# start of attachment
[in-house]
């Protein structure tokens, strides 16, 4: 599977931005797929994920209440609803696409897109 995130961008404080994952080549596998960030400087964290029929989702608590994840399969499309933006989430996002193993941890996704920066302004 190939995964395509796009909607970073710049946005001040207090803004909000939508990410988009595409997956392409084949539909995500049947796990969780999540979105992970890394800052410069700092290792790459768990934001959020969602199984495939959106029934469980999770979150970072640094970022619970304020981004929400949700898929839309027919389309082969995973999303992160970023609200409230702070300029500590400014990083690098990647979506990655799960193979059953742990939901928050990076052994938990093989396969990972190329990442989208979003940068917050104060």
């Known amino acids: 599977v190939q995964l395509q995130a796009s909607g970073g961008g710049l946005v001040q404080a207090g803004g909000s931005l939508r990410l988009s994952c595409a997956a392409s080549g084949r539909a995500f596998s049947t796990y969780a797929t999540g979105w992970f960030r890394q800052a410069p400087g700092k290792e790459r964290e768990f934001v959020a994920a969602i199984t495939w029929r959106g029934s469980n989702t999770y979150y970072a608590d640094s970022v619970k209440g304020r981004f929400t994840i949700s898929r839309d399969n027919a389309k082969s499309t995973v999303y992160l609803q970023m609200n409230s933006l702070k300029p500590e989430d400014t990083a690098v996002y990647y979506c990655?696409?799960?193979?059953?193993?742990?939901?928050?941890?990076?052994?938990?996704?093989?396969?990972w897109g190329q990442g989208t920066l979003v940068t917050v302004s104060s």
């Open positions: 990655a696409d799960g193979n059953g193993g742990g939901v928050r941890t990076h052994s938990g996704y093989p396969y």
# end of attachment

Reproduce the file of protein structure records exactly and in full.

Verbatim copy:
[in-house]
């Protein structure tokens, strides 16, 4: 599977931005797929994920209440609803696409897109 995130961008404080994952080549596998960030400087964290029929989702608590994840399969499309933006989430996002193993941890996704920066302004 190939995964395509796009909607970073710049946005001040207090803004909000939508990410988009595409997956392409084949539909995500049947796990969780999540979105992970890394800052410069700092290792790459768990934001959020969602199984495939959106029934469980999770979150970072640094970022619970304020981004929400949700898929839309027919389309082969995973999303992160970023609200409230702070300029500590400014990083690098990647979506990655799960193979059953742990939901928050990076052994938990093989396969990972190329990442989208979003940068917050104060």
């Known amino acids: 599977v190939q995964l395509q995130a796009s909607g970073g961008g710049l946005v001040q404080a207090g803004g909000s931005l939508r990410l988009s994952c595409a997956a392409s080549g084949r539909a995500f596998s049947t796990y969780a797929t999540g979105w992970f960030r890394q800052a410069p400087g700092k290792e790459r964290e768990f934001v959020a994920a969602i199984t495939w029929r959106g029934s469980n989702t999770y979150y970072a608590d640094s970022v619970k209440g304020r981004f929400t994840i949700s898929r839309d399969n027919a389309k082969s499309t995973v999303y992160l609803q970023m609200n409230s933006l702070k300029p500590e989430d400014t990083a690098v996002y990647y979506c990655?696409?799960?193979?059953?193993?742990?939901?928050?941890?990076?052994?938990?996704?093989?396969?990972w897109g190329q990442g989208t920066l979003v940068t917050v302004s104060s």
């Open positions: 990655a696409d799960g193979n059953g193993g742990g939901v928050r941890t990076h052994s938990g996704y093989p396969y």